I admit, I’ve had bad luck when it comes to dating. I’ve had a lot of dates in the last few years since I’ve been divorced, but no lasting relationships. Most days I’m good at adopting a fairly zen-like acceptance about the whole thing, but I’d be lying if I told you I didn’t want someone special in my life. I admit, I’m beginning to question all the “it’s just not your time” bull-hooey…even if experience has proven it to be true.
About a year and a half ago I started seeing someone long-distance. It came at a time when I needed it, and while I didn’t love the guy, I liked him well-enough and was open to the possibilities. Several months into it, however, I broke it off because we rarely saw each other and he couldn’t quite get his act together to plan a trip for us to spend some quality time together. I later found out he had been (and still was) married. An attorney would call this a “material omission of fact.” A psychologist might pinpoint this behavior as diagnostic code RBOIE – Rat Bastard Overinflated Ego. I called it pretty shitty luck on my part.
I was mad, yet after many yoga warrior poses and deep breathing, I chalked it up to “it’s just not my time” and thanked the Universe for the iPod he gave me as a gift and a story line for my next novel. My point in sharing this is to paint a picture of why I swore off men and dating – and jumped on the Jerry Springer “save the drama for your mama” bandwagon – for the next six months. Then, one day in late February, I jumped off again.
It happened when I signed up for a speed dating event (now rescheduled for June). In addition to listing information about the event, the web site also shared online profiles. Although I had no desire to set up a profile myself, I perused the offerings and spotted a man who I thought might be a good match. He was a “creative type” (a professional musician), intellectual (or at least deeper than Bra Guy), nice looking, divorced father, about ten years older than me (and presumably mature), etc. He had hid the code of his email address in his profile, so I contacted him. After a few exchanges, we agreed to meet in person.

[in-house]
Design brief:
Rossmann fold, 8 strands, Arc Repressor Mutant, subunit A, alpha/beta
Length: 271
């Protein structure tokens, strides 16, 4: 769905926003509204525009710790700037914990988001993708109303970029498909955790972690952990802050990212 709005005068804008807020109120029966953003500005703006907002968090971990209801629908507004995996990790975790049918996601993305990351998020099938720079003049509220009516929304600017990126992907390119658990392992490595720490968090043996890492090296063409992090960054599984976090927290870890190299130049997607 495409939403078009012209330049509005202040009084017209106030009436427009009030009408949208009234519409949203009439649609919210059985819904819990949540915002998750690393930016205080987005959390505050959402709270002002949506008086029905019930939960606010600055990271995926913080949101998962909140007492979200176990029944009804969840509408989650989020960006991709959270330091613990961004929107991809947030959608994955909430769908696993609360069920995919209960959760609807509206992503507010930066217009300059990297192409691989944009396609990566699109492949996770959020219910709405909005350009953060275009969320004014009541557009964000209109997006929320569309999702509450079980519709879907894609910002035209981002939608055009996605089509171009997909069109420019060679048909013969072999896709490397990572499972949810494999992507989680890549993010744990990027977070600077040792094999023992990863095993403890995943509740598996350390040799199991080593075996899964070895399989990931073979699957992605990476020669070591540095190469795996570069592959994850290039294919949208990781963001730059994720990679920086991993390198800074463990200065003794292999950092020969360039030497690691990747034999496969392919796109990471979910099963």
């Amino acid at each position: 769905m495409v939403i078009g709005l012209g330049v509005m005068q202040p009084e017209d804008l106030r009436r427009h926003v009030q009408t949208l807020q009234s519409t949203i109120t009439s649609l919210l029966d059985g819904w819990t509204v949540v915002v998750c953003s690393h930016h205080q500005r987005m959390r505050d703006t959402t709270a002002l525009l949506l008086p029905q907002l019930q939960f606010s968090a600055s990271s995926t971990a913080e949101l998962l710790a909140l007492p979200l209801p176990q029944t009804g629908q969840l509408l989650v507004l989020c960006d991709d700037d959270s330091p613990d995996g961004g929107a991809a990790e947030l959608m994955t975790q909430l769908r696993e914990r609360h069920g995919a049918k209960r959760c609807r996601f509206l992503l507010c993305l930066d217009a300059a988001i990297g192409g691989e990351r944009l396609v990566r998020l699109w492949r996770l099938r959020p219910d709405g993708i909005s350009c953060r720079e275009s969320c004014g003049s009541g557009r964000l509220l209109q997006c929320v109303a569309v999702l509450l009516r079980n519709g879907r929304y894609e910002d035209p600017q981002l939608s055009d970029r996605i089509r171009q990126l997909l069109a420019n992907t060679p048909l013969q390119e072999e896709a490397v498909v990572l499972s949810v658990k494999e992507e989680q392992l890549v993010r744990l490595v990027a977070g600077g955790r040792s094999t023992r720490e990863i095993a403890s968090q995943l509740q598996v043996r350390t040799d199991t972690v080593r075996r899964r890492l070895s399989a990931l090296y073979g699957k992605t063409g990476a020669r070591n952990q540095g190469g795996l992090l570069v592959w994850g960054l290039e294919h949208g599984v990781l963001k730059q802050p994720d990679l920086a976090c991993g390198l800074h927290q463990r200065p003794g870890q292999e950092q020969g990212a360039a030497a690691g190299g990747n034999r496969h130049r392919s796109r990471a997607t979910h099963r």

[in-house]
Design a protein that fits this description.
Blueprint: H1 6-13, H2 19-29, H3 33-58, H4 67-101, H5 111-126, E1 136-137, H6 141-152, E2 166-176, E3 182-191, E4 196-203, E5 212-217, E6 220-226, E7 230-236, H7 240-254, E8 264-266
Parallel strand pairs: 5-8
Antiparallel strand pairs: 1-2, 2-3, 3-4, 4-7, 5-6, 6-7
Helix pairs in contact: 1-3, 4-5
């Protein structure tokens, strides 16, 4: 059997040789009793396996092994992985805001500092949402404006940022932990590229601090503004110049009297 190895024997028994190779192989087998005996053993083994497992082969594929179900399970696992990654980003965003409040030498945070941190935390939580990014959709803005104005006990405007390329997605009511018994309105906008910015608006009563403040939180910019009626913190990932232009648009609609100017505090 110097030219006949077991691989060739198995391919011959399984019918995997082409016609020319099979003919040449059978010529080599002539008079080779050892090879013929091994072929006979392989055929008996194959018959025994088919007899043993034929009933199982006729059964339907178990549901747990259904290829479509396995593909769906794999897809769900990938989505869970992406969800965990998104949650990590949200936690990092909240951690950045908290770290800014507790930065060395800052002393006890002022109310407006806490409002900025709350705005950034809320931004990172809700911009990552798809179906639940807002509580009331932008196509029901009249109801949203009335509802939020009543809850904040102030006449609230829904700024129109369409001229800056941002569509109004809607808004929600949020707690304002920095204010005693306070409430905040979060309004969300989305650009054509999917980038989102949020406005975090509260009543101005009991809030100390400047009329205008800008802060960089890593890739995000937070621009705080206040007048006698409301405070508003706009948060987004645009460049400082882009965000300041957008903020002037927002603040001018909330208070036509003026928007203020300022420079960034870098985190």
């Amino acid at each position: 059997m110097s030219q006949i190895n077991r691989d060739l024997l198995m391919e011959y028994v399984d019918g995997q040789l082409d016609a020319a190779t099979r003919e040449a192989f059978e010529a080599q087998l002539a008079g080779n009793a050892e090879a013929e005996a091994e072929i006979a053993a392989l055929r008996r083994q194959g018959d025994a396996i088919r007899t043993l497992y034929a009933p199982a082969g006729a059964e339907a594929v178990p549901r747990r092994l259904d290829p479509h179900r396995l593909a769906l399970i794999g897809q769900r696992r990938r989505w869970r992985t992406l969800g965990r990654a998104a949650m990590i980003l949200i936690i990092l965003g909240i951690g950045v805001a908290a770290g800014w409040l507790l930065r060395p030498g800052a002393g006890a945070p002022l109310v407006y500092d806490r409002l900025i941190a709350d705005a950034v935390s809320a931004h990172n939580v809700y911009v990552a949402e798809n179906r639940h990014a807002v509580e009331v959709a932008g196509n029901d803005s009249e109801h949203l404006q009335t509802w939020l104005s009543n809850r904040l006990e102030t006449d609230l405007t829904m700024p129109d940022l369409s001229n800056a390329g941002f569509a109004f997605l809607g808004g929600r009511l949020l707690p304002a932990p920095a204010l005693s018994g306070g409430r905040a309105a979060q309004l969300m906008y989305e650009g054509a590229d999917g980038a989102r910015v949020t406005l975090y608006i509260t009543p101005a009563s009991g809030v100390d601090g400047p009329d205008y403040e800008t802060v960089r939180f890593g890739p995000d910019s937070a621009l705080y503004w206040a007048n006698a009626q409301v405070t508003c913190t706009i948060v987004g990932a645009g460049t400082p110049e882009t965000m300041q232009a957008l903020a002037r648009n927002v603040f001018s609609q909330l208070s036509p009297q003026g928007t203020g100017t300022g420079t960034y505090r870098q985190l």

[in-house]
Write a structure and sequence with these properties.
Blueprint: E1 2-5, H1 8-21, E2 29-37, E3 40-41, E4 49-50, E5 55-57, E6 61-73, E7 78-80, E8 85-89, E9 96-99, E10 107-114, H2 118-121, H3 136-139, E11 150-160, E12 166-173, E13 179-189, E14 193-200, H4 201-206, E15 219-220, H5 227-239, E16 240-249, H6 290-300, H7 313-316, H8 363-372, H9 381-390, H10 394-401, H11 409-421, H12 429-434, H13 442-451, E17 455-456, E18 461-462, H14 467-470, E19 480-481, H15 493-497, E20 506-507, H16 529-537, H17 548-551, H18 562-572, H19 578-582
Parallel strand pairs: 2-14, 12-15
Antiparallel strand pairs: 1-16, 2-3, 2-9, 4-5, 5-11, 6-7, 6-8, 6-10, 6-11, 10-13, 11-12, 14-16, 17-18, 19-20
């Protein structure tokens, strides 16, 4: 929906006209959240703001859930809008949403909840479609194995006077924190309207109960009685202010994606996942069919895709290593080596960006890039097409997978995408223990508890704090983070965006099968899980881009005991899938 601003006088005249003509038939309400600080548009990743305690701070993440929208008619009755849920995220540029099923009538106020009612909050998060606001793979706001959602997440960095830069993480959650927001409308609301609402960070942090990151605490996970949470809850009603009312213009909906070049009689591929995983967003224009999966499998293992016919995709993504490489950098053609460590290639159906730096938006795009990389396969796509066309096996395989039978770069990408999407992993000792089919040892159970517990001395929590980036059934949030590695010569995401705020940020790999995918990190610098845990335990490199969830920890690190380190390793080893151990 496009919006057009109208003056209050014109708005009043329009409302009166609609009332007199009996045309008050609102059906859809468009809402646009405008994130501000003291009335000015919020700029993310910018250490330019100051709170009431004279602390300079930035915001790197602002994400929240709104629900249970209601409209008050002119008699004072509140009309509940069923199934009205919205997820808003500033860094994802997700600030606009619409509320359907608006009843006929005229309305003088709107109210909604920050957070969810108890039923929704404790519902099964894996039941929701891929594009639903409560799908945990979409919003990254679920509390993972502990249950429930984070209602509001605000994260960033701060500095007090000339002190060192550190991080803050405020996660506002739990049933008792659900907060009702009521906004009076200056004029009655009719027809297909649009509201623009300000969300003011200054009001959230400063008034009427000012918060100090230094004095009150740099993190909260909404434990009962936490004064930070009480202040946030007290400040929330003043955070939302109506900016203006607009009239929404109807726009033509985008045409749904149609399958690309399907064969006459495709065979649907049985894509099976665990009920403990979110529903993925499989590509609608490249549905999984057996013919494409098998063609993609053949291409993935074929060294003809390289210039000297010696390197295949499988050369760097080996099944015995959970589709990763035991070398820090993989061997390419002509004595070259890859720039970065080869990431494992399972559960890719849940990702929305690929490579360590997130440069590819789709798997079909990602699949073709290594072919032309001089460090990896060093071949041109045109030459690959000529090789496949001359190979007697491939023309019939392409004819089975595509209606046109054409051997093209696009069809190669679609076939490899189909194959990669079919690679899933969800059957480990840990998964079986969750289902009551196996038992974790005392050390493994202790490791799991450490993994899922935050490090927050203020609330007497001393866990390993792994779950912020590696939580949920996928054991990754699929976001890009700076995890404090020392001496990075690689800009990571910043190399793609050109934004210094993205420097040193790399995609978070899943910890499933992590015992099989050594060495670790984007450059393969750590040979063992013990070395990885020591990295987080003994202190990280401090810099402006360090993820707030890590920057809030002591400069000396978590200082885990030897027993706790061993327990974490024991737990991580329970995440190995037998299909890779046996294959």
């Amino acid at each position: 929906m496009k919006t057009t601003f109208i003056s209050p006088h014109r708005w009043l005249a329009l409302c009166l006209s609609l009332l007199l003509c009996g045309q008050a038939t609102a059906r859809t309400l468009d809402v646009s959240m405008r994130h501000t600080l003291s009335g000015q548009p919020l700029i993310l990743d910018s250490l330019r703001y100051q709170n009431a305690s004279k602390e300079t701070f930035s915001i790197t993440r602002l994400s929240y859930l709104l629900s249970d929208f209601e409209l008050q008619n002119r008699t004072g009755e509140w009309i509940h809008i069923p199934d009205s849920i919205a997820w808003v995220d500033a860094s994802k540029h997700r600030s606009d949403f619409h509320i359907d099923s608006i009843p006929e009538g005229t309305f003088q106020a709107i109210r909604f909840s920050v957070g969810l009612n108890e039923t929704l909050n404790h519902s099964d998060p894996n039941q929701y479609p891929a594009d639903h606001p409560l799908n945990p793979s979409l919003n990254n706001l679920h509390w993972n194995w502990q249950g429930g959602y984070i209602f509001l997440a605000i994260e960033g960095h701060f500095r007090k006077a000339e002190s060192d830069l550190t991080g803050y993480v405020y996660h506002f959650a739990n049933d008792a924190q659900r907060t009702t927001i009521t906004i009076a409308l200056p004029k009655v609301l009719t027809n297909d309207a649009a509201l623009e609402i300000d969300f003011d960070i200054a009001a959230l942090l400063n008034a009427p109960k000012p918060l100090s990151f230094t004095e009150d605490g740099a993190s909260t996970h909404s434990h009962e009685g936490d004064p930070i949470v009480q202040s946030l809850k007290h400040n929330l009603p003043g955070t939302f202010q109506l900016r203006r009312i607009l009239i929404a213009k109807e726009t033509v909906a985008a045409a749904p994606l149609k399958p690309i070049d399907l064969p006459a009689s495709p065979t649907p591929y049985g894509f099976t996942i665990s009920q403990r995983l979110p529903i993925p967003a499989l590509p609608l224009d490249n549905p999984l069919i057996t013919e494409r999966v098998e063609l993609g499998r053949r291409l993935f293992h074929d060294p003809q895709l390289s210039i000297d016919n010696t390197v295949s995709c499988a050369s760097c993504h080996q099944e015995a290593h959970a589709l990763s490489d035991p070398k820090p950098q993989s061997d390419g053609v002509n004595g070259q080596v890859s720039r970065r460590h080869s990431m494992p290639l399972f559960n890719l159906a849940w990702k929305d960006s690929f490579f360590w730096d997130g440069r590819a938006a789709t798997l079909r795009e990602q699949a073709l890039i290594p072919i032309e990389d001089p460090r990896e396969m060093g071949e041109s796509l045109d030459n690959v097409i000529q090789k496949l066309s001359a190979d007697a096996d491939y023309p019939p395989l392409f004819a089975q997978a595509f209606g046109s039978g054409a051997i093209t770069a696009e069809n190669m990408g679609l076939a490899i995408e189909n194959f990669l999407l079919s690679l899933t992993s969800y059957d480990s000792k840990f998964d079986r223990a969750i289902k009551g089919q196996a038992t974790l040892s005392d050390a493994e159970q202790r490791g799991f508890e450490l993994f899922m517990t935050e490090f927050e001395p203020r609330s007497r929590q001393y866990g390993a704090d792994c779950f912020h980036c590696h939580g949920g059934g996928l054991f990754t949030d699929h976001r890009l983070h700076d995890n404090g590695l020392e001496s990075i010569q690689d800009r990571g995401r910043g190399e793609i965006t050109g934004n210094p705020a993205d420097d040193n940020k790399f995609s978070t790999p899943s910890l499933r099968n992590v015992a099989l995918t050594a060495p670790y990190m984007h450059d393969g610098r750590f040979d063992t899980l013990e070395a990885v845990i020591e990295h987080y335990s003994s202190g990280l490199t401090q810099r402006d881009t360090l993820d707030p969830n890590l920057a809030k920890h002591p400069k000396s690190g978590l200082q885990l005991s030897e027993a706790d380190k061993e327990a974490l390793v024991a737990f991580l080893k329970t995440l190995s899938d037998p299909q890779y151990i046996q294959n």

We met at HardRock Cafe. He was certainly nice enough, but was a bit too much like the sullen musician type for my liking; the guy hardly smiled. Worse, he barely asked anything about me, and when he did, he would start to talk over me when I answered. In retrospect, it was a bad idea bringing a musician to HardRock because my date couldn’t stop glancing over at the music videos. I mean, can an ’80’s Poison video be that much better than being on a date with a woman who is at least PRETENDING to be interested in you, even if she doesn’t use as many hair products?
Don’t answer that.
Then, by some miracle, the Universe intervened.
“Look, the star is on fire!” a woman at the next table exclaimed. My date looked away from the Pat Benatar video he was pretending not to watch and we both turned in the woman’s direction. Sure enough, through the window we could see flames climbing up the point of the star on the fluorescent sign next door. My date perked up at this. Like one of the teenagers around us, he whipped out his cell phone, and looked at me, all excited. “Would you mind if I went outside to take a picture?” he asked.
I smiled at him. This was just what we both needed. “Sure, go ahead.”
I watched the rest of the video, and then surveyed the commotion and drama going on outside. I could see my date chatting with the young bartenders taking pictures with their cell phones and the firemen who had arrived. He was having the time of his life. Watching the burning star, I hoped – and wished – my time would come. Soon.